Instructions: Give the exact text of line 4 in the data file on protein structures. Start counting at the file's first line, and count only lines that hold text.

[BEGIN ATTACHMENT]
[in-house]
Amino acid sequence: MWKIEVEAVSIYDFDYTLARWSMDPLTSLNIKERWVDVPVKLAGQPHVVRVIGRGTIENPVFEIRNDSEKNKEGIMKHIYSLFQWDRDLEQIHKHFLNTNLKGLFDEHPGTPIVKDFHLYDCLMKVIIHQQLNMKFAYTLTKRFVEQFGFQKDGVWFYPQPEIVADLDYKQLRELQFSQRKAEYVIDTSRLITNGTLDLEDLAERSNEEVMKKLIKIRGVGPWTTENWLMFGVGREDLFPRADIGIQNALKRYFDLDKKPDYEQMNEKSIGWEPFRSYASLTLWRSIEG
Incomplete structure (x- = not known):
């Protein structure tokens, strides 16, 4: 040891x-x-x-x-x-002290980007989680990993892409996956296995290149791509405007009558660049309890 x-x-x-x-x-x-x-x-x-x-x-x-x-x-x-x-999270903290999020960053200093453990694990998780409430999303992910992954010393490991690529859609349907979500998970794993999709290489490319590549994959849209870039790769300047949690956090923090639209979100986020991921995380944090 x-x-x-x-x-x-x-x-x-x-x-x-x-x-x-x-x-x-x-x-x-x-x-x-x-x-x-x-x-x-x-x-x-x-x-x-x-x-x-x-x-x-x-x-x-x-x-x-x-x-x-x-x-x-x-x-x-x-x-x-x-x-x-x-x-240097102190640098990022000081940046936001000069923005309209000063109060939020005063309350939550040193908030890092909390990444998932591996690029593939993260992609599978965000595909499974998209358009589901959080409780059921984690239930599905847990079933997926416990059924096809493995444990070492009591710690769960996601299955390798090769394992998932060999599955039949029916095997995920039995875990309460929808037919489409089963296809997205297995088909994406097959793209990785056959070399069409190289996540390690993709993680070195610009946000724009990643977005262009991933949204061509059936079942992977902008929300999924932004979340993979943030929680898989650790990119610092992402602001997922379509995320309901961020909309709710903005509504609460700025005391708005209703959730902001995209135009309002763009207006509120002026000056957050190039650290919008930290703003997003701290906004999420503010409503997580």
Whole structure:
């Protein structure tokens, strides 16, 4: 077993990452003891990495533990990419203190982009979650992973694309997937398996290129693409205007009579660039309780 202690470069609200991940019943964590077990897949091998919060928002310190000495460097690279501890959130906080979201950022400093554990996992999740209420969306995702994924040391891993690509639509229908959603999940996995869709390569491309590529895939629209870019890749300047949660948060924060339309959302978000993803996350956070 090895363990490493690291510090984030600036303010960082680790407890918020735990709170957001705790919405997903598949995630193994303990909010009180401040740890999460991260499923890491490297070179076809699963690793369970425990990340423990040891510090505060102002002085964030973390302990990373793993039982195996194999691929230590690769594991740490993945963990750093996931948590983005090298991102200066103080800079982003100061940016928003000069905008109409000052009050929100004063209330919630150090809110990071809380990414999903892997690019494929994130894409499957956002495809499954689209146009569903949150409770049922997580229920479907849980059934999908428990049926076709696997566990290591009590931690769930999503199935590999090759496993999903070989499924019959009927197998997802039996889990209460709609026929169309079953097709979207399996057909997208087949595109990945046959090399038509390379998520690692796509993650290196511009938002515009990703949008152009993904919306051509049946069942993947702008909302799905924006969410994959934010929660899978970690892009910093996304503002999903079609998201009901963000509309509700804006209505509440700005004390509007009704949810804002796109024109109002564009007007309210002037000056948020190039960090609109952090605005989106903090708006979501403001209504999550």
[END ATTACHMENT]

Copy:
């Protein structure tokens, strides 16, 4: 040891x-x-x-x-x-002290980007989680990993892409996956296995290149791509405007009558660049309890 x-x-x-x-x-x-x-x-x-x-x-x-x-x-x-x-999270903290999020960053200093453990694990998780409430999303992910992954010393490991690529859609349907979500998970794993999709290489490319590549994959849209870039790769300047949690956090923090639209979100986020991921995380944090 x-x-x-x-x-x-x-x-x-x-x-x-x-x-x-x-x-x-x-x-x-x-x-x-x-x-x-x-x-x-x-x-x-x-x-x-x-x-x-x-x-x-x-x-x-x-x-x-x-x-x-x-x-x-x-x-x-x-x-x-x-x-x-x-x-240097102190640098990022000081940046936001000069923005309209000063109060939020005063309350939550040193908030890092909390990444998932591996690029593939993260992609599978965000595909499974998209358009589901959080409780059921984690239930599905847990079933997926416990059924096809493995444990070492009591710690769960996601299955390798090769394992998932060999599955039949029916095997995920039995875990309460929808037919489409089963296809997205297995088909994406097959793209990785056959070399069409190289996540390690993709993680070195610009946000724009990643977005262009991933949204061509059936079942992977902008929300999924932004979340993979943030929680898989650790990119610092992402602001997922379509995320309901961020909309709710903005509504609460700025005391708005209703959730902001995209135009309002763009207006509120002026000056957050190039650290919008930290703003997003701290906004999420503010409503997580």